No one is there for you like your brother or sister, and no one else is going to honestly tell you that outfit makes you look like chicken farmer. Mom and dad are going to tell you that you look beautiful no matter what – it’s your siblings who are there to give it to you real talk.
Recognizing the prevalence of brutally honest brothers, Twitter user Syrianting posted a prompt for all of her followers: “If you ever wanna be humbled, ask your brother how you look.”
That’s all it took, and the Internet of sisters were off to the races shooting selfies to their brothers followed by: How do I look?
Some of the responses are downright hilarious! Others, make me think these brothers need to shape up and be a little nicer to their sisters.
Clearly, brothers love the opportunity to tease and annoy their beloved sisters.
Keep reading to see some of our favorite replies, plus read between the lines for information on the interesting science behind sibling relationships.
Your siblings are your first playmates and friends. According to extensive research, growing up with brothers or sisters can change you as a person.
After all, you spend an estimated 10 to 17 hours per week with your brothers and sisters.
Research continues to find that the ways you interact with your siblings can follow you all through life – impacting your future relationships, overall happiness, and even your self image.
Research shows that young children with older siblings tend to develop theory of mind, or can put themselves in other people’s shoes, earlier than their peers without older siblings.
No matter if you have brothers or sisters, your siblings help teach you how to interact in the world, they help us develop social skills and learn how to resolve conflicts – because let’s be real, a house full of siblings is equally full of conflict!
According to Mark Feinberg, a teacher of human development at Penn State University, “Sibling relationships influence children’s adjustment and development about as much as parenting does.”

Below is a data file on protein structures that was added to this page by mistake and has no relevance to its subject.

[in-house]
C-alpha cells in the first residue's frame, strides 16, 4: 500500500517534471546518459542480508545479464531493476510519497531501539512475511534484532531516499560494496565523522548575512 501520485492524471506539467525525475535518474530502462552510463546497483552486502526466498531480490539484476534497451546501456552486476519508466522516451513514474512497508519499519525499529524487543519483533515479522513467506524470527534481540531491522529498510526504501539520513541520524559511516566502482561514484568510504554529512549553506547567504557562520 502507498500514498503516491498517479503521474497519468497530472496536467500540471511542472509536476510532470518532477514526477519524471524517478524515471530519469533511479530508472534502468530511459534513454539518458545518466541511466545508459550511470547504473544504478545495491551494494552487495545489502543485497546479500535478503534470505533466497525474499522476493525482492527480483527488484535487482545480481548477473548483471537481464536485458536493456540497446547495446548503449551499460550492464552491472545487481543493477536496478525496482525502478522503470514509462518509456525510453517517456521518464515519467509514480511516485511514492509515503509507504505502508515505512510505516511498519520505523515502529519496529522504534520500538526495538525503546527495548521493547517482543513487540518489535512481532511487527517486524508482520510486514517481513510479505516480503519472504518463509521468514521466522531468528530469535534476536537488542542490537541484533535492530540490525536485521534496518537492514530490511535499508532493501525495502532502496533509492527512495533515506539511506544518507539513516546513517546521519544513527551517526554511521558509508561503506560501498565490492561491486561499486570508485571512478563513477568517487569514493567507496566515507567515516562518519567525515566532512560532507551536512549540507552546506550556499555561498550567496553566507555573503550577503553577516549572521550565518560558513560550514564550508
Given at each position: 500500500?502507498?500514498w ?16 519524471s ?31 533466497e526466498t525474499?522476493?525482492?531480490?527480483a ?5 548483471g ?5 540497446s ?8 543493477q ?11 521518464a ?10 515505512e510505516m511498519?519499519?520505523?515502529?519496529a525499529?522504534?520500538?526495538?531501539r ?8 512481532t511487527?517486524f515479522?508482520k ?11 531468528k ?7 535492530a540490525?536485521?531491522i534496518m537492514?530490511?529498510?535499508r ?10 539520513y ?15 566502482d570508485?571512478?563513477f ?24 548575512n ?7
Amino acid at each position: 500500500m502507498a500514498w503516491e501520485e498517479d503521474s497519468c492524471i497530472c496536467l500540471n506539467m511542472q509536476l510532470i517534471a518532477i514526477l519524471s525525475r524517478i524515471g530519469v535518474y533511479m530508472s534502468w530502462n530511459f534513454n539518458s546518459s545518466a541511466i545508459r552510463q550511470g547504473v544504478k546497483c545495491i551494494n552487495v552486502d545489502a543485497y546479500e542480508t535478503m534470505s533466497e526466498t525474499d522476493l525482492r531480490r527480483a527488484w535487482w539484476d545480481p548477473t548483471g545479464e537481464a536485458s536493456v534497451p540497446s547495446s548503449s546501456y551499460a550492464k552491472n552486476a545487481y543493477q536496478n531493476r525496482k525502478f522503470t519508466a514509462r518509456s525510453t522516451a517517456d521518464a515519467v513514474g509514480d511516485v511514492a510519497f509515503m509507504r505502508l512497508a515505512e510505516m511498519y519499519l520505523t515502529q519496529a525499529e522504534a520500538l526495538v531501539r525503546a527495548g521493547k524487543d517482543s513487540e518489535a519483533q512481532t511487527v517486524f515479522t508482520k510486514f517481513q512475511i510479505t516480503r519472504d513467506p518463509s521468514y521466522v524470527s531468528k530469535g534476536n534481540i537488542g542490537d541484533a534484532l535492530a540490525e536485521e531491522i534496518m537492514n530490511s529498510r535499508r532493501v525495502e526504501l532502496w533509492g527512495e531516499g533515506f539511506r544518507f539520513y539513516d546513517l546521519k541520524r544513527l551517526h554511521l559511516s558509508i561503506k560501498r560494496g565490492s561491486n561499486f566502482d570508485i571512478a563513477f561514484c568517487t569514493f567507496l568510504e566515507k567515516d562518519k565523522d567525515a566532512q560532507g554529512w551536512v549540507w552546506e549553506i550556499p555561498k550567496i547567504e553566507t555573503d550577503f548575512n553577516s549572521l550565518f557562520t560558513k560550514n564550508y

Sibling relationships, termed ‘Sibling Effects’, have a huge impact on a broad spectrum of the human psyche – cognitive, social, emotional, and so forth. So, in other words, be careful how you treat your brothers and sisters!
It’s not just older siblings with something to teach. Younger siblings have been shown to teach empathy to their older siblings.
Siblings who report feeling close to one another tend to mimic the behavior of the other. For instance, if one sibling drops out of college, the other is more likely to do the same if they are close.
Did you know scientists have found the ideal formula for when to space kids apart for the greatest success? It’s true!
They call it XB-S – X is code for the eldest child (boy or girl) born two years before a brother (B) who is born five or more years before a sister (S).
On the sad side, sibling bullying has been linked to depression, self-harm, and anxiety.
Fortunately, some research points to the fact we can outgrow these limitations.
“By the time we reach adulthood, we have gained enough other formative experiences in the world that any actual differences between siblings and singletons are pretty negligible—overridden by differences in temperament, personality, and personal preference,” says Anderson University psychologist Susan Doughty.
While not having siblings may shape your life in some ways, it’s only one factor among many so don’t lose hope.
A combination of good and bad sibling interactions is key to a well-balanced individual. Although, the best outcomes arise from a high level of closeness paired with a low level of negativity.
I didn’t grow up with brothers but many of my cousins did. I remember one cousin in particular would get roasted by her brothers on a regular basis. All she had to do was wear makeup and they’d pick on her all night!
That’s because brothers can be brutally honest and total pesterers. They mean it out of love, or so we can hope!
Younger siblings usually start out adoring their older siblings, mimicking their talents and strengths. Yet, over time, they begin to develop their own strengths and attributes after realizing that they can’t succeed on the same level as their sibling in all the same areas.
To limit competition between our brothers and sisters, who might get better grades or attract more mates, we begin to create our own identities and areas of strength.